After the economic downturn of 2020, Australia’s office markets responded positively through the first half of 2021. The more recent lockdowns will delay this trend as leasing inspections and transactions are inevitably postponed. Momentum in the labour market, however, remains supportive.

The underlying fundamentals in the sector are showing the first signs of recovery. An analysis of net absorption (change in occupied office space) highlights the tenant “flight to quality” with five of the six major office submarkets in Australia posting positive net absorption in Q2 2021.

Of the major markets, Perth CBD recorded the strongest level (8,548 square metres) followed by Melbourne CBD (6,575 sq m), Canberra (4,230 sq m), Adelaide CBD (1,846 sq m), and Sydney CBD (1,224 sq m). Brisbane CBD recorded a negative result (-6,407 sq m) in the quarter.

The increase in office space demand has had the effect of generally stabilising total vacancy rates at their peak, which across the major markets is now 14%. In Perth, Melbourne and Adelaide CBDs, for example, vacancy has stopped rising and appears to have plateaued at the top of the cycle.

In Q2 2021, Canberra’s office vacancy dropped just below 7% for the first time since 2008. For the Melbourne and Sydney CBDs, office vacancy is at its highest level since the early 1990s, with recovery to pre-Covid-19 levels expected to take between three to five years.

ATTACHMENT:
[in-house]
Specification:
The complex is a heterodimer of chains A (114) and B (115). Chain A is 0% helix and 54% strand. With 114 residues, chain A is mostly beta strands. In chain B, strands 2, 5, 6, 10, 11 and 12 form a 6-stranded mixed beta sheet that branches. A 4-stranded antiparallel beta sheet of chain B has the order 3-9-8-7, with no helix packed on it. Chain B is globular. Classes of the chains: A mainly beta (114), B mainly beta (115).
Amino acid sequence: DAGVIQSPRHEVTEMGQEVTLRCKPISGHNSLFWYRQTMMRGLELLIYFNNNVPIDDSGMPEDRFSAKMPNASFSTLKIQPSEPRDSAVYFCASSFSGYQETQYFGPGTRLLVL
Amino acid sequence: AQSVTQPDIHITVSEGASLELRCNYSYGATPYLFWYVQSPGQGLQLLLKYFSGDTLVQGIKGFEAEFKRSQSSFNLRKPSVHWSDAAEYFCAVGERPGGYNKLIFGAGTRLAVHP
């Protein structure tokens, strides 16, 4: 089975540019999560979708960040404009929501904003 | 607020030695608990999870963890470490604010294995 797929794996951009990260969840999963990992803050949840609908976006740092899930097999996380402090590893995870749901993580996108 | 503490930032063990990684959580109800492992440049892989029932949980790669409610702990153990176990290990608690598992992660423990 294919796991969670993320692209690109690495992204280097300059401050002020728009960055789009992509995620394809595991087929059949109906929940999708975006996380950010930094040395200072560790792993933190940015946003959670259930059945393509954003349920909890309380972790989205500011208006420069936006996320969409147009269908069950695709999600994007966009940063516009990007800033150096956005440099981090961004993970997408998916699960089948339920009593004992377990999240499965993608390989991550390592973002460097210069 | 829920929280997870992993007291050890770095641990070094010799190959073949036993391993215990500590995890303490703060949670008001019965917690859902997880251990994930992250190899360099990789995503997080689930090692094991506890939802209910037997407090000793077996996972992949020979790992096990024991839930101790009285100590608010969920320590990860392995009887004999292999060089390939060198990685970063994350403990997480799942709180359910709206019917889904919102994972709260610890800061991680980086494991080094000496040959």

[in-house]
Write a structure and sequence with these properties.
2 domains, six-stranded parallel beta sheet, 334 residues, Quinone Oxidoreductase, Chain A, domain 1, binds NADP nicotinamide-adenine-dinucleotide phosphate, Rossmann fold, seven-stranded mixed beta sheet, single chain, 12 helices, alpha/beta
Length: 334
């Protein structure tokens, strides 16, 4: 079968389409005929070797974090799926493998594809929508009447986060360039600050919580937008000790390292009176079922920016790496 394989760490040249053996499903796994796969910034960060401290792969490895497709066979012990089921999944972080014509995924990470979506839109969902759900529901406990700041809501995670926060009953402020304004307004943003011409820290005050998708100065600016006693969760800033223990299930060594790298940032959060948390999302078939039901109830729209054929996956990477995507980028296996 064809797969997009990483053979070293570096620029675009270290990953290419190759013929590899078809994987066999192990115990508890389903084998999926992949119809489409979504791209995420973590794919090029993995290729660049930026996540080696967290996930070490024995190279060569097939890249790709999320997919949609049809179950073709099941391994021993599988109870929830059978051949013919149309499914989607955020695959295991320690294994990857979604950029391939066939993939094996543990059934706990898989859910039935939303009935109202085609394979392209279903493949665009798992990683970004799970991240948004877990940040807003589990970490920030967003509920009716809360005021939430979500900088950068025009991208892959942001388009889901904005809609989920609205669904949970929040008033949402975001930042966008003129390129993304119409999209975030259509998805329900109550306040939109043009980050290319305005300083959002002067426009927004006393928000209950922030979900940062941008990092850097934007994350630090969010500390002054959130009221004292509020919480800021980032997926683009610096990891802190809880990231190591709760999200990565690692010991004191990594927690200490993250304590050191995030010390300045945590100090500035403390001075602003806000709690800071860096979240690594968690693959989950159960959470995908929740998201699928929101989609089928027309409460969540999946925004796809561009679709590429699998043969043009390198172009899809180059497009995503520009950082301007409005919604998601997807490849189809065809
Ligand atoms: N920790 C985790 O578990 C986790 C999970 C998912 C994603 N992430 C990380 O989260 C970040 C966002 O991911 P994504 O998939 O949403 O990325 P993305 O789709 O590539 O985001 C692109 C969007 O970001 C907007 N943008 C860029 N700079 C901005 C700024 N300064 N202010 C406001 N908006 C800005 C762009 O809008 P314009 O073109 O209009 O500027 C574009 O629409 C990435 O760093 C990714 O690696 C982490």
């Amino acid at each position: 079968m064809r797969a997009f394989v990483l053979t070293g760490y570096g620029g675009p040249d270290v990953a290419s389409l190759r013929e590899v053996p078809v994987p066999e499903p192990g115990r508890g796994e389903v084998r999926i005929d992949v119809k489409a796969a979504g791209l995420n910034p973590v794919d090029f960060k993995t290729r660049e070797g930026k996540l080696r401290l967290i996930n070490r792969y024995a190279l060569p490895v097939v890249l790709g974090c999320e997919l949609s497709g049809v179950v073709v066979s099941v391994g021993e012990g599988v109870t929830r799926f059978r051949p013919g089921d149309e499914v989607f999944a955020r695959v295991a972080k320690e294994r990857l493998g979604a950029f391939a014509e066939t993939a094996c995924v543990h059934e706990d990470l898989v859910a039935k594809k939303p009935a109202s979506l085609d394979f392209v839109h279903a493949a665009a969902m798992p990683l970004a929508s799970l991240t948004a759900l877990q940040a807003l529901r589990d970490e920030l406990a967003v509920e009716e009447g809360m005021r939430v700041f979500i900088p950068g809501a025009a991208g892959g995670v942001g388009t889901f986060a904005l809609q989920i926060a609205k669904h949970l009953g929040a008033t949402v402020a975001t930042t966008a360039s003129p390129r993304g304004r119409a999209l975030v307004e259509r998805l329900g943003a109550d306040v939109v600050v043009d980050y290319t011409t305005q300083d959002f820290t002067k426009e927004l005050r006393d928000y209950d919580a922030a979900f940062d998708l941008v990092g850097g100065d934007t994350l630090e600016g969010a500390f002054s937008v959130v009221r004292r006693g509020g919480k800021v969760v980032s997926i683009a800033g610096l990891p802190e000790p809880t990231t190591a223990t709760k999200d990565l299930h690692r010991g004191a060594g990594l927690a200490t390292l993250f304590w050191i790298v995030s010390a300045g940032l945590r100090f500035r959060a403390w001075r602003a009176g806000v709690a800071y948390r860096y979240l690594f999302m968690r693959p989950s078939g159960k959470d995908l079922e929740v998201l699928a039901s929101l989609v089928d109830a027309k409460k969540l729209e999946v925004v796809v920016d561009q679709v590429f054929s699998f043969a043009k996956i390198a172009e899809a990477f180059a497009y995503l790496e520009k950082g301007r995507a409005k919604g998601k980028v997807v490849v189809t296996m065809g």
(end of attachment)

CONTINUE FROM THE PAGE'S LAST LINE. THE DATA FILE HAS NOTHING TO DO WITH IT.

Leasing incentives have stimulated this take-up in office space. Although they appear to have flattened in the Perth CBD, this is where prime office incentives remain highest, with JLL Research reporting 49% in Q2 2021. Brisbane Fringe and Brisbane CBD also remain high, at 43% and 41% respectively. At the other end of the spectrum, prime office incentives are lowest in the Sydney Fringe and Canberra, JLL reporting both in the low 20s (%) in Q2 2021.

Overall, leasing incentives continue to rise in most submarkets, but importantly for property valuations, face rents remain broadly stable.

Office yields have been relatively steady through the last 16 months, but have now started to re-compress in some submarkets, despite the high vacancy. This has been evident in CBD and suburban submarkets and across prime- and secondary-grade assets. It’s a sign of investor confidence in the future of the sector.

Despite the intermittent nature of the recovery, indications are the office market is heading in the right direction; current employment growth remains a key support. We highlighted in a previous Observation the close relationship between office leasing demand and labour market (employment growth) trends. The strong rebound in the demand for labour points to a long-run recovery in demand for office space across Australia, even if it is stop-start in nature.

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